sigmaInitialGuess, ... % (objectProperties(ii).BoundingBox(3) - 6) / 4, ... % sigma
min(objectProperties(ii).PixelValues) ];

BestFitData{ii} = nlinfit( objectProperties(ii).PixelList, objectProperties(ii).PixelValues, @Gaussian2DFitFunction, initialGuesses );

% plot data, initial guess, and fit for each peak
figure(2)
clf

% generate a triangle mesh from the best fit solution found by
% nlinfit and plot it
gd = delaunay( objectProperties(ii).PixelList(:,1), ...
objectProperties(ii).PixelList(:,2) );
trimesh( gd, objectProperties(ii).PixelList(:,1), ...
objectProperties(ii).PixelList(:,2), ...
Gaussian2DFitFunction(BestFitData{ii}, ...
objectProperties(ii).PixelList ) )
hold on

% plot initial guesses -- commented out to make plots less
% cluttered. put this back in to debug initial guesses
% plot3( objectProperties(ii).PixelList(:,1), ...
%   objectProperties(ii).PixelList(:,2), ...
%   Gaussian2DFitFunction(initialGuesses, ...
%   objectProperties(ii).PixelList ), 'rx' )

% plot image data
plot3( objectProperties(ii).PixelList(:,1), ...
objectProperties(ii).PixelList(:,2), ...
objectProperties(ii).PixelValues, 'gx', 'LineWidth', 3)
title(['Image data vs. Best Fit for Object Number ' num2str(ii)]);
end

allPeakData = vertcat( BestFitData{:} );
Resolution = mean( allPeakData(:,4) ) ./ 0.336;
StandardError = std( allPeakData(:,4) ./ 0.336 ) ./ sqrt( length( BestFitData ) );
end

function out = Gaussian2DFitFunction( Parameters, Coordinates )
yCenter = Parameters(1);
xCenter = Parameters(2);
amplitude = Parameters(3);
sigma = Parameters(4);
offset = Parameters(5);

out = amplitude * ...
exp( -(( Coordinates(:, 1) - yCenter ).^2 + ( Coordinates(:, 2) - xCenter ).^2 ) ...
./ (2 * sigma .^ 2 )) + offset;

end

function CircleObjectsInImage( LabelImage, BorderColor )
boundaries = bwboundaries( LabelImage );
numberOfBoundaries = size( boundaries );
for k = 1 : numberOfBoundaries
thisBoundary = boundaries{k};
plot(thisBoundary(:,2), thisBoundary(:,1), 'Color', BorderColor, 'LineWidth', 2);
end
end

function LabelObjectsInImage( ObjectProperties )
labelShift = -9;
fontSize = 10;

for ii = 1:length(ObjectProperties)
unweightedCentroid = ObjectProperties(ii).Centroid;		% Get centroid.
text(unweightedCentroid(1) + labelShift, unweightedCentroid(2), ...
num2str(ii), 'FontSize', fontSize, 'HorizontalAlignment', ...
'Right', 'Color', [0 1 0]);
end
end

function OutputBinaryImage = RemoveObjectsFromImage( InputBinaryImage, ObjectProperties )
OutputBinaryImage = InputBinaryImage;
eliminatedPixels = vertcat( ObjectProperties.PixelList );
allObjectIndexes = sub2ind( size( InputBinaryImage ), ...
eliminatedPixels(:, 2), eliminatedPixels(:,1) );
OutputBinaryImage( allObjectIndexes ) = 0;
end

% initial version 9/23/2013 by SCW
```

## Testing the code

It is an excellent idea to test functions before using them. One way to test EstimateResolutionFromPsfImage is to generate a synthetic point-source image of known resolution.

### Generating a synthetic PSF image

SimulatePsfSlide repeatedly calls subfunction SimulateAiryDiskImage to generate a synthetic PSF slide image.

```function SimulatedImage = SimulatePsfSlide( ...
NumericalAperture, Magnification, Wavelength, ...
ProbabilityOfAggregation, TechnicalNoise, ElectronsPerCount )

resolution = 0.61 * Wavelength / NumericalAperture;
airyDiskRadiusPixels = resolution * Magnification / PixelSize;

SimulatedImage = zeros( ImageSize );

beadCenter = rand( 1, 2 ) .* ImageSize;
intensity = ( 1 + 0.1 * randn() ) * Intensity * ( 1 + poissrnd(ProbabilityOfAggregation) );
SimulatedImage = SimulatedImage + ...
end

SimulatedImage = SimulatedImage + TechnicalNoise .* randn( ImageSize );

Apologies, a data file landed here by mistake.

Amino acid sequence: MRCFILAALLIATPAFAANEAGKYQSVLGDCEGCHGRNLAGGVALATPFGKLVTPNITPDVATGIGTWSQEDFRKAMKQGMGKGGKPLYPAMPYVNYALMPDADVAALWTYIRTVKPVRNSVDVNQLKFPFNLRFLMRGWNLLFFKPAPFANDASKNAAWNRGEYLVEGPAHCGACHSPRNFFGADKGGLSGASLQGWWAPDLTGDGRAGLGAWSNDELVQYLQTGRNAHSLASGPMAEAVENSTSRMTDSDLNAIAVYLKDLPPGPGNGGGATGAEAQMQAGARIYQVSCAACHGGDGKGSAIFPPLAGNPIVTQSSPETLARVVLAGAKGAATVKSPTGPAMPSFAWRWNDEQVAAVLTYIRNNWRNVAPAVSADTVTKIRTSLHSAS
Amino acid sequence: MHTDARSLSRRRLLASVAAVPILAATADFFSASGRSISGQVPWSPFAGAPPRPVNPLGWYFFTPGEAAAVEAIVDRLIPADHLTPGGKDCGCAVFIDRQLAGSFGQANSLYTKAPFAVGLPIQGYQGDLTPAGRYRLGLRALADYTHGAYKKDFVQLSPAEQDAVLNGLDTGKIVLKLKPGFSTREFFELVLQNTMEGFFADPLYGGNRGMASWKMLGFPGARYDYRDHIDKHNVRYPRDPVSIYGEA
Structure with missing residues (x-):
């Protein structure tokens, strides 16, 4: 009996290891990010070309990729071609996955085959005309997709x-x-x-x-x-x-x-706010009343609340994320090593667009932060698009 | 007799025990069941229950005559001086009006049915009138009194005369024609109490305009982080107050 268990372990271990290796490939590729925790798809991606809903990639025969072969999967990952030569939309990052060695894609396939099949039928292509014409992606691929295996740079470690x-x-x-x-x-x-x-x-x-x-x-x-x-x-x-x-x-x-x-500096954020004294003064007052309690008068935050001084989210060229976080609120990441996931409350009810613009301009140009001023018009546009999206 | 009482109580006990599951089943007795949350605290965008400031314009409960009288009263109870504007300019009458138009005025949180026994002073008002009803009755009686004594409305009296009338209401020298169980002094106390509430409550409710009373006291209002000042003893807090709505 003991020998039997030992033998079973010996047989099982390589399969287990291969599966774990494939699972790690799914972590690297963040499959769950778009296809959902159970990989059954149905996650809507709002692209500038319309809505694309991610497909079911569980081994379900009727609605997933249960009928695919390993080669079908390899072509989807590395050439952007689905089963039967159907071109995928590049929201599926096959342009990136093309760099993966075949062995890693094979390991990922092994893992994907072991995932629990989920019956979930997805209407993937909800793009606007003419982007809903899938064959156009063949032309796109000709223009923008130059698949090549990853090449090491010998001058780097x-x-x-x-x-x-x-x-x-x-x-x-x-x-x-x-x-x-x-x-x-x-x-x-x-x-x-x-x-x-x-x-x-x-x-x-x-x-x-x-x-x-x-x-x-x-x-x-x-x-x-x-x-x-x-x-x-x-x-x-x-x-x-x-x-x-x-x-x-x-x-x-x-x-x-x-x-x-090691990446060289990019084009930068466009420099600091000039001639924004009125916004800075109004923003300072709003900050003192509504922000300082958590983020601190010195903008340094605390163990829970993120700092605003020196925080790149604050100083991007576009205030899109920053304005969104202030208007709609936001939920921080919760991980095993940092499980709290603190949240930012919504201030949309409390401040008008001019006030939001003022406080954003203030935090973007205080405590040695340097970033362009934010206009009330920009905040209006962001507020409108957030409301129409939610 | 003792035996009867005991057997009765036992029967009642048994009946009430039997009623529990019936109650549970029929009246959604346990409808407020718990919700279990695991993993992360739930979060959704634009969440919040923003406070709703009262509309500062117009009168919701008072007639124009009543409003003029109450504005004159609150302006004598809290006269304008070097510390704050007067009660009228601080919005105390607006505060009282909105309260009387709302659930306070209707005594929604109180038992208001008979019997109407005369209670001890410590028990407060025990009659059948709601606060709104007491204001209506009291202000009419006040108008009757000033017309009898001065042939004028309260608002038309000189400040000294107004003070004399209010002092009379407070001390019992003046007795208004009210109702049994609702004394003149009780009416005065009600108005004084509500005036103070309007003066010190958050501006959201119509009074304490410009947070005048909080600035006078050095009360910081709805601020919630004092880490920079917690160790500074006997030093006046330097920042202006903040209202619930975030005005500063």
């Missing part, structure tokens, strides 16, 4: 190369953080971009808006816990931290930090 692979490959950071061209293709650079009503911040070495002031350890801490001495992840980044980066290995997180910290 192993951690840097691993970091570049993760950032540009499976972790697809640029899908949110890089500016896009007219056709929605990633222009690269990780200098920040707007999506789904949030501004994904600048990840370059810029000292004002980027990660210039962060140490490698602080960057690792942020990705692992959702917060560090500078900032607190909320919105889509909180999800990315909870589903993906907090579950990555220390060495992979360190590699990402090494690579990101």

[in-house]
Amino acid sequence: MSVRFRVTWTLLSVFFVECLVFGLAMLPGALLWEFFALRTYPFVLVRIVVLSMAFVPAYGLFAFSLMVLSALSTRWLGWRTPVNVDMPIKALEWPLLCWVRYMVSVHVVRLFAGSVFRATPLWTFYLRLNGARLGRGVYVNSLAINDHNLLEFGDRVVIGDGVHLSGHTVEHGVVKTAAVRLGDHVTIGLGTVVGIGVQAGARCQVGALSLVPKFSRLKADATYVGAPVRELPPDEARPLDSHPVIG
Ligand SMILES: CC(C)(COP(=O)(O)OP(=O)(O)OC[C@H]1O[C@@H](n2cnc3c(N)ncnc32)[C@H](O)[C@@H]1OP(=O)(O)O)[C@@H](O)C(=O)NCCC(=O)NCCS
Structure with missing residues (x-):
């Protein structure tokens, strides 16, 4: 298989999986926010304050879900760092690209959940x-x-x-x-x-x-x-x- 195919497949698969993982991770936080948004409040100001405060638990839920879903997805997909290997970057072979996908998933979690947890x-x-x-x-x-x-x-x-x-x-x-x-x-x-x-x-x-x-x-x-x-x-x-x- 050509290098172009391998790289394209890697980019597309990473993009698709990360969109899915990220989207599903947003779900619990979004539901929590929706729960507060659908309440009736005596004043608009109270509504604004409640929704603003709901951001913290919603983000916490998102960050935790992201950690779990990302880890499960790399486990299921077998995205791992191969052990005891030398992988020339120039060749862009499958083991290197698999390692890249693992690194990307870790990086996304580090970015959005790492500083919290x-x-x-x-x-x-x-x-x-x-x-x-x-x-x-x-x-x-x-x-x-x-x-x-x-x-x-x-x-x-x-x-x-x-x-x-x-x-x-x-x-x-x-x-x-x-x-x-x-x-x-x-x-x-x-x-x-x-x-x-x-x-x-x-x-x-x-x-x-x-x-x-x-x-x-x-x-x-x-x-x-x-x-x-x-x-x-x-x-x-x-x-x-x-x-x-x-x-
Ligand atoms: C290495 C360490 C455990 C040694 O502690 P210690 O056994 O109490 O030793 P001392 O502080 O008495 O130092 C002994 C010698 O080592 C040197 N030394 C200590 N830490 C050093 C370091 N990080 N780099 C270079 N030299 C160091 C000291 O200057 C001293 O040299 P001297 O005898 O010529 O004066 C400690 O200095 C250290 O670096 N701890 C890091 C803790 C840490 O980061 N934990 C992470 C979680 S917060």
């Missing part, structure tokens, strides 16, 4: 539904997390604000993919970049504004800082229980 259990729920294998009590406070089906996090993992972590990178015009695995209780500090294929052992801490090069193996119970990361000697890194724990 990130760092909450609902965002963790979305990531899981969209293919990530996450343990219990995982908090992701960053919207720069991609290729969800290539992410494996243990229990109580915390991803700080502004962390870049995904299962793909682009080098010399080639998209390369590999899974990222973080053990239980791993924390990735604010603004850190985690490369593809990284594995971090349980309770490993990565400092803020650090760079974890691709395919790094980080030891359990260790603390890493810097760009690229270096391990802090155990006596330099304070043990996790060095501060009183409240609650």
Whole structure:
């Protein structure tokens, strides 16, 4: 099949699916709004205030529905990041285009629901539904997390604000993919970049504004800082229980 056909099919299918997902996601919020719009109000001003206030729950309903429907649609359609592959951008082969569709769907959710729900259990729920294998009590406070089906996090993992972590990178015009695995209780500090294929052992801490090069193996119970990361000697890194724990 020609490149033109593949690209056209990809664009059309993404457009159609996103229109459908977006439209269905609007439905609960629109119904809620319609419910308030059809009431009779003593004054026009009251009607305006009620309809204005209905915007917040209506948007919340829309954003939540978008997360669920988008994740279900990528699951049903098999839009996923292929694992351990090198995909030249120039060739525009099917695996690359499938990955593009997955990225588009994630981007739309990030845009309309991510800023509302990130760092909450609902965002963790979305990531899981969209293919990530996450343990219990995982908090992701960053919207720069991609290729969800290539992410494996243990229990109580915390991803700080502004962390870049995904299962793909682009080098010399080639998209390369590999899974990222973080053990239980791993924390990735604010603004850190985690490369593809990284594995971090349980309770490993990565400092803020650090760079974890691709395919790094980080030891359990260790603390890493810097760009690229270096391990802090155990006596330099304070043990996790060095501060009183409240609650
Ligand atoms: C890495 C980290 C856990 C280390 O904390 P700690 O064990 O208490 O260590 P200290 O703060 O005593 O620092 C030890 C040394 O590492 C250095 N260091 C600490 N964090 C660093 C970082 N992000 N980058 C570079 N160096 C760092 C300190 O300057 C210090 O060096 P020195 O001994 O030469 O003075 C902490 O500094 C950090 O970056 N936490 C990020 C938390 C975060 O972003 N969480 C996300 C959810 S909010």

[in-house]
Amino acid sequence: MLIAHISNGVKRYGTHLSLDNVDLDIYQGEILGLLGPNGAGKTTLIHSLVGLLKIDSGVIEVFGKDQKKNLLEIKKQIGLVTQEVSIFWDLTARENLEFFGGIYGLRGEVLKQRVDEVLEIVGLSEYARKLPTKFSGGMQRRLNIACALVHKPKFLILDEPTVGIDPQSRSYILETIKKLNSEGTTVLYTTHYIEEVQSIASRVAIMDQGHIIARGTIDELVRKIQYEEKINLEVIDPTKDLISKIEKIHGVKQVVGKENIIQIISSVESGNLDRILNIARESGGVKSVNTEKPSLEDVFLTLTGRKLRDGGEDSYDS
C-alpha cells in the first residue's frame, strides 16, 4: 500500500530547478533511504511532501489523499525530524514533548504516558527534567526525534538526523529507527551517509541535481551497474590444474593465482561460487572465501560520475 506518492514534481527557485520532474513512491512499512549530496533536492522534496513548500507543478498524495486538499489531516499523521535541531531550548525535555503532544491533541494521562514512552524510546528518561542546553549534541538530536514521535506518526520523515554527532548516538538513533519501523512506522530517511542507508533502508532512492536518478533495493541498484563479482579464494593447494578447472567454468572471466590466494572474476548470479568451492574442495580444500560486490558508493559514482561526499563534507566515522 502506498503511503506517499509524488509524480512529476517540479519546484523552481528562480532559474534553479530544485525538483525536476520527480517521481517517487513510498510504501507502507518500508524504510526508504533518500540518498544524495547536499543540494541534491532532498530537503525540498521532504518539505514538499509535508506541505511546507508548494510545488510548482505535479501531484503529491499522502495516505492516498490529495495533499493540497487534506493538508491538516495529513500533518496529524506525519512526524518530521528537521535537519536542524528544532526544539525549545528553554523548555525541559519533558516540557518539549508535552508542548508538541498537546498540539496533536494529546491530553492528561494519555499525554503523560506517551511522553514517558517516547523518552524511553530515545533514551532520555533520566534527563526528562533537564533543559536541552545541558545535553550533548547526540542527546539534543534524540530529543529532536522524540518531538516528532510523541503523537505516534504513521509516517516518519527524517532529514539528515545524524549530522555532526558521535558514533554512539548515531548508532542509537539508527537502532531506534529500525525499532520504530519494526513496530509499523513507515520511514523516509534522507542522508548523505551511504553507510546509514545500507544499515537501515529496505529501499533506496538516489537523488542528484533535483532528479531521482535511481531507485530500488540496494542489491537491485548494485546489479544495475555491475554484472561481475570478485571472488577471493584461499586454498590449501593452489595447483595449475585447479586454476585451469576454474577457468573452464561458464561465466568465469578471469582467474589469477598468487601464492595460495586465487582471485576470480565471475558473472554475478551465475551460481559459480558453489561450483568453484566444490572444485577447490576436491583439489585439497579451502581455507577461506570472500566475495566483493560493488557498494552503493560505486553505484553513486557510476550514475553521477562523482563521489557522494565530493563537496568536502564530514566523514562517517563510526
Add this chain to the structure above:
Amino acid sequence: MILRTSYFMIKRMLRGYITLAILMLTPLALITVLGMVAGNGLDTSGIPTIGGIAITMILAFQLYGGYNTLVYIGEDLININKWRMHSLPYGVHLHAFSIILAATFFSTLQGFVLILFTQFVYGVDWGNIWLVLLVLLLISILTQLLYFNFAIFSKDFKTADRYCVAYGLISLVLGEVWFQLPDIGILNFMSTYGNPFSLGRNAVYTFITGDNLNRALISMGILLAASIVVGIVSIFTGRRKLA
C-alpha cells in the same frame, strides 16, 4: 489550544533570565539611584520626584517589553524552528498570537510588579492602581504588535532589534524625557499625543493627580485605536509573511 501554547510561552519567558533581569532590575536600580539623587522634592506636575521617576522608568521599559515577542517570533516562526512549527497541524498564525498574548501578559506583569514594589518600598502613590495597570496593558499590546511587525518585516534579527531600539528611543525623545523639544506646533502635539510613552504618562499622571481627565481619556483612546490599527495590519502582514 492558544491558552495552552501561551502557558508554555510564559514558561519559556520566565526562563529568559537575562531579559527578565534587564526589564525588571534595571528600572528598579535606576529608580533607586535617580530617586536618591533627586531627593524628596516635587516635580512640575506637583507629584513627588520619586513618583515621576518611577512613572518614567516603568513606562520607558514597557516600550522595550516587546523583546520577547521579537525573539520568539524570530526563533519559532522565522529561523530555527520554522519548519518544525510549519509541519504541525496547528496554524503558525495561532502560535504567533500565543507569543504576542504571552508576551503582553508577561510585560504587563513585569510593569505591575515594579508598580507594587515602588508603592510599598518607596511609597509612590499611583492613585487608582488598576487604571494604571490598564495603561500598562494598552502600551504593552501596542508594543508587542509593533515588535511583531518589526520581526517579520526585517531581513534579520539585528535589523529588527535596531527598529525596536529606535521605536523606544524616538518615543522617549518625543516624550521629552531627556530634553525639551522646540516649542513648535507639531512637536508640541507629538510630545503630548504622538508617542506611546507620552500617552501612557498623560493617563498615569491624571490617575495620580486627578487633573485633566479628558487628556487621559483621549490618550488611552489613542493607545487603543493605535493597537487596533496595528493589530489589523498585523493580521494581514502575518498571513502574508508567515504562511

SimulatedImage = uint16( round( SimulatedImage ./ ElectronsPerCount ) );
end

function out = SimulateAiryDiskImage( AiryDiskCenter, AiryDiskRadius, ImageSize, Intensity )

yAxis = (1:ImageSize(1)) - AiryDiskCenter(1);
xAxis = (1:ImageSize(2)) - AiryDiskCenter(2);

[ xCoordinate, yCoordinate ] = meshgrid( xAxis, yAxis );

firstBesselZero = 3.8317;

out = Intensity .* ( 2 * besselj(1, normalizedRadius ) ./ ( normalizedRadius ) ) .^ 2;

% remove NaN from result if center is an integer
if( all(AiryDiskCenter == fix( AiryDiskCenter )) )
out( AiryDiskCenter(1), AiryDiskCenter(2) ) = Intensity;
end
end

```

### Testing the code

The script below generates synthetic images over a range of resolutions and compares them to the expected results.

```
naValues = 0.65:.025:1.25;
figureHandle = figure();

measuredResolution = zeros( 1, length(naValues) );
theoreticalResolution = zeros( 1, length(naValues) );
standardError = zeros( 1, length(naValues) );

for ii=1:length(naValues)
% generate synthetic PSF image
NumericalAperture = naValues(ii); %0.5; %65;
Magnification = 40;
Wavelength = 590e-9;    % m
ProbabilityOfAggregation = 0; %0.2;
PixelSize = 7.4e-6;     % m
ImageSize = [500 500];  % pixels x pixels
TechnicalNoise = 0;    % electrons per exposure
ElectronsPerCount = 2;
Intensity = 4095 * ElectronsPerCount * 0.8; % photons per exposure at peak

simulatedPsfImage = SimulatePsfSlide( ...
NumericalAperture, Magnification, Wavelength, ...
ProbabilityOfAggregation, TechnicalNoise, ElectronsPerCount );

% detect and simulate clipping due to overexposure
if( max( simulatedPsfImage(:) ) > 4095 )
disp('*** Overexposed Image ***');
simulatedPsfImage( simulatedPsfImage > 4095 ) = 4095;
end

simulatedPsfImage = im2double( simulatedPsfImage * 16 );

theoreticalResolution(ii) = 0.61 * Wavelength / NumericalAperture;

[ measuredResolution(ii), standardError(ii), bestFitData ] = ...
EstimateResolutionFromPsfImage( simulatedPsfImage );

measuredResolution(ii) = measuredResolution(ii) .* PixelSize / Magnification;

==Effect of finite bead size ==
Here is some code you can use to investigate the effect of finite bead size:
<pre>
close all
xAxis = -10:0.001:10;

% generate an Airy disk profile with a normalized resolution R=1
firstBesselZero = 3.8317;
airyFunction = (2 * besselj(1, firstBesselZero * xAxis)./ (firstBesselZero * xAxis)).^2;
airyFunction(xAxis == 0) = 1;

% use nonlinear regression to fit a Gaussian function to the Airy disk
gaussianFunction = @(parameters, xdata)  parameters(2) * exp( -xdata .^ 2 / (2 * parameters(1) .^ 2) );

bestFitGaussianParameters = nlinfit(xAxis, airyFunction, gaussianFunction, [1 1]);
lsqcurvefit(gaussianFunction, [1 1], xAxis, airyFunction);
bestFitGaussian = gaussianFunction(bestFitGaussianParameters, xAxis);
sigma = bestFitGaussianParameters(1);
sigmaToFwhmConversionFactor = 2 * sqrt(2*log(2));
fwhm = sigmaToFwhmConversionFactor * sigma;

% plot the results
plot(xAxis, airyFunction);
hold on;
plot(xAxis, bestFitGaussian, 'r');
title(texlabel(['Airy Function (R=1) versus Gaussian (sigma = ' num2str(sigma) ' FWHM = ' num2str(fwhm) ')']));

% generate a simulated bead with diameter = 0.33 * R

figure

hold on
plot(xAxis, airyFunction, 'r');